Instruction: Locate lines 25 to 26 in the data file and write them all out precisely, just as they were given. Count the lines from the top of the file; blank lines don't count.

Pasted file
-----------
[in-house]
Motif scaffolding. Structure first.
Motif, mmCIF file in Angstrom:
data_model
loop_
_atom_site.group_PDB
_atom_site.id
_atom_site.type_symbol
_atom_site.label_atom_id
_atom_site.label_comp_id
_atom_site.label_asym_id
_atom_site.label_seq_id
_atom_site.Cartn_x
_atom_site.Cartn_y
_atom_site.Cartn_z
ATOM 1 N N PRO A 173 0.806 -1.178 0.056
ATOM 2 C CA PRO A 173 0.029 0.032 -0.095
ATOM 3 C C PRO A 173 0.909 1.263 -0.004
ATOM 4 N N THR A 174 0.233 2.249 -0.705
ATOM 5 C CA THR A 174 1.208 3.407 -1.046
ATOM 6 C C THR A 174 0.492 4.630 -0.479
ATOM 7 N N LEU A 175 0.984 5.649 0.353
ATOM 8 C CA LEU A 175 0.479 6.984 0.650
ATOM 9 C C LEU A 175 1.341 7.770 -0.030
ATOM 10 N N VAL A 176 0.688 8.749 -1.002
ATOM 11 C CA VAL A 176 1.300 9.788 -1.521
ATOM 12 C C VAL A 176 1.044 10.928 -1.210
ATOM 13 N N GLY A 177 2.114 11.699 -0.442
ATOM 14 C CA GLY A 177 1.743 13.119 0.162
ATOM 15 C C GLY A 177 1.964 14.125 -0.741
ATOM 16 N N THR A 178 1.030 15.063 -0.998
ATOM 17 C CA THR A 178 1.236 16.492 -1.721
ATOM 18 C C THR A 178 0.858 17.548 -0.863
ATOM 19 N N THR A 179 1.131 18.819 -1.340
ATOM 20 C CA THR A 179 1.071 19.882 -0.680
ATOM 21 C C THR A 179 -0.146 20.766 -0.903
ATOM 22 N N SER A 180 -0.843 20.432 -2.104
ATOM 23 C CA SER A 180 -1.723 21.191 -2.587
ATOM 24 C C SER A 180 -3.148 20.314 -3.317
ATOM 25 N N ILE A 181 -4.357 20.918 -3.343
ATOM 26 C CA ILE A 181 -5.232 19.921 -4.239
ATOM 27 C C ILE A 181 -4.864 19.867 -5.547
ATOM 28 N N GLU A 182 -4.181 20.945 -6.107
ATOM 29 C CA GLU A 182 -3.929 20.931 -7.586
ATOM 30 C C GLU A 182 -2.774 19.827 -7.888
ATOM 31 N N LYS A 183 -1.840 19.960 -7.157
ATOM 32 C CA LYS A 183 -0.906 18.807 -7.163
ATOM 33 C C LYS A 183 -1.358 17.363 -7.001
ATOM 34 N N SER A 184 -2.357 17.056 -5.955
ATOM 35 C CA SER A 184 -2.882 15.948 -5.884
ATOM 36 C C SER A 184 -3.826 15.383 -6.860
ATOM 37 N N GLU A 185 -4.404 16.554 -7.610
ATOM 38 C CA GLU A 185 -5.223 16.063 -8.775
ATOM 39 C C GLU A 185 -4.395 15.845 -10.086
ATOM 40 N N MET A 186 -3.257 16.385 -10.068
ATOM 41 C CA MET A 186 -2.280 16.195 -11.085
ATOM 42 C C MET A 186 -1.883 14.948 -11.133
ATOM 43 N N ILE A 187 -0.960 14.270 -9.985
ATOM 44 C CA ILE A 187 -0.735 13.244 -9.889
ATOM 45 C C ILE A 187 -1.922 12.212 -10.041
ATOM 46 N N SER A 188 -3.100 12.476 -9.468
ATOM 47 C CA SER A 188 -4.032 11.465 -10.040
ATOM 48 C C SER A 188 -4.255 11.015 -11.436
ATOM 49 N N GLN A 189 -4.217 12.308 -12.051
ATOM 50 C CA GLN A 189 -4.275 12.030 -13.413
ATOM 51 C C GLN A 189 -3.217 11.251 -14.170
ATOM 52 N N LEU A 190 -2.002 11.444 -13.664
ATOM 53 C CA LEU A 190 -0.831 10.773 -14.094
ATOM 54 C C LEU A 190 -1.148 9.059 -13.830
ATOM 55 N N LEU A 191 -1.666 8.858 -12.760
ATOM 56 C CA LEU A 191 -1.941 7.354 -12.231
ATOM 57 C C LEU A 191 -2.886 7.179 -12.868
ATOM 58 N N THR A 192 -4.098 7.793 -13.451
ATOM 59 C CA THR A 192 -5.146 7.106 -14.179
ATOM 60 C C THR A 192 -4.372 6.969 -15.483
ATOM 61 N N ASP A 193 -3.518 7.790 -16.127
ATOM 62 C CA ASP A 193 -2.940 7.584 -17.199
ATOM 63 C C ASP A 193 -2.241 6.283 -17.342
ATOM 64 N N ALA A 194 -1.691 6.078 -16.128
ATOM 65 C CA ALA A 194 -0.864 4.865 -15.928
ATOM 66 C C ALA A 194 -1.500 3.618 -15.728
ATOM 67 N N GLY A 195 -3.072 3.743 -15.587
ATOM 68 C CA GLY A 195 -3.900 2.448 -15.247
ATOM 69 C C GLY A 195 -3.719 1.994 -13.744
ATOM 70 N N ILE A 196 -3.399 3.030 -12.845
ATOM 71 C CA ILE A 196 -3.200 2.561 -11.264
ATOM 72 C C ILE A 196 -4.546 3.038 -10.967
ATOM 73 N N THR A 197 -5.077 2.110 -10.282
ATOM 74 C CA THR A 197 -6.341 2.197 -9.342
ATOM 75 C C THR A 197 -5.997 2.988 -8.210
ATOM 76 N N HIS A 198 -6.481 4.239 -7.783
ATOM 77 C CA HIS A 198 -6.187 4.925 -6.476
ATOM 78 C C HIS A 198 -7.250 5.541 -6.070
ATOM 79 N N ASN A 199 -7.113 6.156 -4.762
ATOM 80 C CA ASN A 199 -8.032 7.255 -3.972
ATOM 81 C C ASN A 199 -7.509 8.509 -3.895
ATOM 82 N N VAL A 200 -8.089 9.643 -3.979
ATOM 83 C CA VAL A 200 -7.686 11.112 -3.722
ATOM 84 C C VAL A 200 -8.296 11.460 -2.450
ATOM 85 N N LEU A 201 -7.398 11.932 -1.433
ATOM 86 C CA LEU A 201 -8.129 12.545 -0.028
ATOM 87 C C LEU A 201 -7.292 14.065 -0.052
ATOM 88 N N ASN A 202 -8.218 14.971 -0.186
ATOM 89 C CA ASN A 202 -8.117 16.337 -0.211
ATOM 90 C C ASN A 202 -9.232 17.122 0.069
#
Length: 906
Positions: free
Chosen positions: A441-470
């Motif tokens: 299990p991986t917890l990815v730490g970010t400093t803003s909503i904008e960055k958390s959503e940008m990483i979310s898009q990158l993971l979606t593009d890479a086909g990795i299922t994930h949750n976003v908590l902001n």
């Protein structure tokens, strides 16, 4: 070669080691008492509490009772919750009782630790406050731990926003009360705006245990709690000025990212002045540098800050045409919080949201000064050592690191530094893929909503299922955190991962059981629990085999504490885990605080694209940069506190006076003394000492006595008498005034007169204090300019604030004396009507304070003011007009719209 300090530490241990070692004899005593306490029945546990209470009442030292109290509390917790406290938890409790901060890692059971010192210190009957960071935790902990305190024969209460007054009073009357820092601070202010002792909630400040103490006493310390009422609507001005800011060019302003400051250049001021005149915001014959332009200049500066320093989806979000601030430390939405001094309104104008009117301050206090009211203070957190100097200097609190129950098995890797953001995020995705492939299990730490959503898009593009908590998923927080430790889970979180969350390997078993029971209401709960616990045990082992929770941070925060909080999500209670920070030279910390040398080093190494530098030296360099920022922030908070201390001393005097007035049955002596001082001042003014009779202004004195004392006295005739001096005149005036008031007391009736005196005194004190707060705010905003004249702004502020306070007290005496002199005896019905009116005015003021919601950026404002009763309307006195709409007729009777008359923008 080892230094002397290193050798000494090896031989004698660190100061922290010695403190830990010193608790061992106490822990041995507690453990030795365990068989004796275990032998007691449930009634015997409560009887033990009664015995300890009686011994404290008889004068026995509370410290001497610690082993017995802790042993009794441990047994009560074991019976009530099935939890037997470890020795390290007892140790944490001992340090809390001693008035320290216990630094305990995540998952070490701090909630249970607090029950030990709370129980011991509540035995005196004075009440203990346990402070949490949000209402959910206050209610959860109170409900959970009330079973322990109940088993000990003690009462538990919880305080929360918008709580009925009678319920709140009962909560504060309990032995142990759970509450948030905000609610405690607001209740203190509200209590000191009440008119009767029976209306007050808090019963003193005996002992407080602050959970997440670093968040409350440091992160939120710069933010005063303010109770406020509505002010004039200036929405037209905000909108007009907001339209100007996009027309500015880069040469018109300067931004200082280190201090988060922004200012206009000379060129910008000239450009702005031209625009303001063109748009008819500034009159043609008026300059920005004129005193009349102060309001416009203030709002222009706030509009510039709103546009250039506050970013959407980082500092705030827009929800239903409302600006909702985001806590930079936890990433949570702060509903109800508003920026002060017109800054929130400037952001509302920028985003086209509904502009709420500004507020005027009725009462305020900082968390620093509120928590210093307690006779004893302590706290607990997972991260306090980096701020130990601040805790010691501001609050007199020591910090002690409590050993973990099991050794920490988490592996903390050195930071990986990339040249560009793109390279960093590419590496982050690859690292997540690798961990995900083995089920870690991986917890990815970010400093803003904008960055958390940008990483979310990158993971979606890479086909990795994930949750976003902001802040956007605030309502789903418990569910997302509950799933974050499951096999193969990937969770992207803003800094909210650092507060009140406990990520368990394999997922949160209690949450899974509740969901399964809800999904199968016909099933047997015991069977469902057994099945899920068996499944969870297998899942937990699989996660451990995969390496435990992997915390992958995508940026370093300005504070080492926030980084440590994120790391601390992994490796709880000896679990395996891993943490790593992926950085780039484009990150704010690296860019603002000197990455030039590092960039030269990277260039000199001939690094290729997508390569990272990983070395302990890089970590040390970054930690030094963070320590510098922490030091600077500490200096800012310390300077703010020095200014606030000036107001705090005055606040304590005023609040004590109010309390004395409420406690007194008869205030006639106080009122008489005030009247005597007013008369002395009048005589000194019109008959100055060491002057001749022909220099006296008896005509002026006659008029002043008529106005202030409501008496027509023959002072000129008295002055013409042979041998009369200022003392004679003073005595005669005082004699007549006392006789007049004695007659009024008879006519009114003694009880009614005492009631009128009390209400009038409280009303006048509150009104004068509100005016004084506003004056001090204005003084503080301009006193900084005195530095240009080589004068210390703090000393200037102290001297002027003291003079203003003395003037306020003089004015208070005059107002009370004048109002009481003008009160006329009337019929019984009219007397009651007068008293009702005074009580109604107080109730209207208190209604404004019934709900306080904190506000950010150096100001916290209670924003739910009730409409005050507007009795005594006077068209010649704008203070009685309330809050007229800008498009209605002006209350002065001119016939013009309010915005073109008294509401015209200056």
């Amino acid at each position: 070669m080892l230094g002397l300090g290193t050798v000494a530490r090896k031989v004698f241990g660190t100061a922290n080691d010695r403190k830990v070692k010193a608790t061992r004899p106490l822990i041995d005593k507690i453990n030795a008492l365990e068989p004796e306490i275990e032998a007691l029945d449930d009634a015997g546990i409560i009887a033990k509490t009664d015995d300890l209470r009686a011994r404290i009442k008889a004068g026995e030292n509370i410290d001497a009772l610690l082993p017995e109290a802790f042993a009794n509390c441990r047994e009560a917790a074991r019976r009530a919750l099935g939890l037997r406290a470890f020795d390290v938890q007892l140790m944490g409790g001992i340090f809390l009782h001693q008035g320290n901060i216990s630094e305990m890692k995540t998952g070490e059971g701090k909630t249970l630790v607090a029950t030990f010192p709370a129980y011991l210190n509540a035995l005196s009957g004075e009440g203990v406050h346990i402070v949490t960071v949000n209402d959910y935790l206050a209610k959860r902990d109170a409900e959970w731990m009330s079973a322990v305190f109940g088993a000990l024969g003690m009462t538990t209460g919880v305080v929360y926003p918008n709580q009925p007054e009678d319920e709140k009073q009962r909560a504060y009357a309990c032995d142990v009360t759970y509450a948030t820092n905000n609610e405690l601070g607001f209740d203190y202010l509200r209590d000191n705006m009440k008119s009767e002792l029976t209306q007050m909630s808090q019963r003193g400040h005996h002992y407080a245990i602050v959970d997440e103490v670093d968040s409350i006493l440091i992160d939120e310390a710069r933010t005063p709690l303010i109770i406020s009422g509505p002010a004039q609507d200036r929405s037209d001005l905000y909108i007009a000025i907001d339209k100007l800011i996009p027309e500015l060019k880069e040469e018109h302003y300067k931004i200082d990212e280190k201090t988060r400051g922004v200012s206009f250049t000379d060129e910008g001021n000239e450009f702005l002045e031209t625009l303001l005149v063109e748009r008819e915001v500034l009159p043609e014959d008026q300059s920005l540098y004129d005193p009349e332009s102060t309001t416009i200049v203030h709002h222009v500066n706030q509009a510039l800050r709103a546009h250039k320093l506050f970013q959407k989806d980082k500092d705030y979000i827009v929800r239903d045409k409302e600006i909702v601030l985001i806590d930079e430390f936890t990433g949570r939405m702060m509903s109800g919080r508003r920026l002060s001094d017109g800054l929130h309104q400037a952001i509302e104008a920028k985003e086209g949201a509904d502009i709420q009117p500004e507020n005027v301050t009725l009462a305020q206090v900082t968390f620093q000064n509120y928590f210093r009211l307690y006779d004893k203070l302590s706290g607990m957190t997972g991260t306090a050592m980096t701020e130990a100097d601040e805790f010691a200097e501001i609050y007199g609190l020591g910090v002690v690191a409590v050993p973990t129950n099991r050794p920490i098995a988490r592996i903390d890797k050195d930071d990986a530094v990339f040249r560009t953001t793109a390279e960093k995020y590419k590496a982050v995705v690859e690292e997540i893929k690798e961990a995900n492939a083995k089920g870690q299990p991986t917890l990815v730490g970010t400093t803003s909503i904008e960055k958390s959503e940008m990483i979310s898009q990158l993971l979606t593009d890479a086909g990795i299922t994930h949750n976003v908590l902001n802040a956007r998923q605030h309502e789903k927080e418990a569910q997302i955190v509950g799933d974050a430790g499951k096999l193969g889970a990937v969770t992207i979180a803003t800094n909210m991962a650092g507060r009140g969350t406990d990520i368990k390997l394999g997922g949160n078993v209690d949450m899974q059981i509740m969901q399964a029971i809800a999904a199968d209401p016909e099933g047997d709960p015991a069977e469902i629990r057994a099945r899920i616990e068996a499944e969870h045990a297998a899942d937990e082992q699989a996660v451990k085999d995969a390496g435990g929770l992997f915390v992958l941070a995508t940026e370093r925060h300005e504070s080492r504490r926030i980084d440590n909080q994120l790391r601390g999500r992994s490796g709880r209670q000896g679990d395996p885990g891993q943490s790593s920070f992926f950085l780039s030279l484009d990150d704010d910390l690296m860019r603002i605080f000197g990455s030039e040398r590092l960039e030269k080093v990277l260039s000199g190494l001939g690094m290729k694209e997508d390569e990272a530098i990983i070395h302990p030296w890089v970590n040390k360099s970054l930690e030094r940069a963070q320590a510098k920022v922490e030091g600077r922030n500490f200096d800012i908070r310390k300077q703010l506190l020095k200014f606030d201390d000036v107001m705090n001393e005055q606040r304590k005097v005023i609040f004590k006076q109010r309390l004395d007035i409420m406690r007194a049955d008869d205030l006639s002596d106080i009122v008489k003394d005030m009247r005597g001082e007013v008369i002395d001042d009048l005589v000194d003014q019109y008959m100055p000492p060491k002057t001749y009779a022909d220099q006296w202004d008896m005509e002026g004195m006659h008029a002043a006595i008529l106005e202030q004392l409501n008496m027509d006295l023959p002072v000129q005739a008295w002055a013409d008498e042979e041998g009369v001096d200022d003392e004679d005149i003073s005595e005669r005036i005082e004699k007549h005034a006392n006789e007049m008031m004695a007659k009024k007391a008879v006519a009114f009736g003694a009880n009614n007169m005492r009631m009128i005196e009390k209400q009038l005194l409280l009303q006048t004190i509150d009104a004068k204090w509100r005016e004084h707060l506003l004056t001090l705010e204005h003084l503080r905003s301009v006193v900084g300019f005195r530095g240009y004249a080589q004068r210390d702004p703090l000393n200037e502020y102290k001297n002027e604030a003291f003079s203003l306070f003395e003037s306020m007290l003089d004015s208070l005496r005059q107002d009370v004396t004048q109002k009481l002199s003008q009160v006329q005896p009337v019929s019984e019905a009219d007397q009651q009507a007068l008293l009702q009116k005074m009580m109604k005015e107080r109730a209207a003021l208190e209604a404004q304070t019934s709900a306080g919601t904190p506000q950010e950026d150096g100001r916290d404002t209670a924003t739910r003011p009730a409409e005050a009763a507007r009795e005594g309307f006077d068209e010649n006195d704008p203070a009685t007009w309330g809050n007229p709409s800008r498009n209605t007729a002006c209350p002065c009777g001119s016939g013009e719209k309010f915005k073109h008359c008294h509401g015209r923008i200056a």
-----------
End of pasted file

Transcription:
ATOM 10 N N VAL A 176 0.688 8.749 -1.002
ATOM 11 C CA VAL A 176 1.300 9.788 -1.521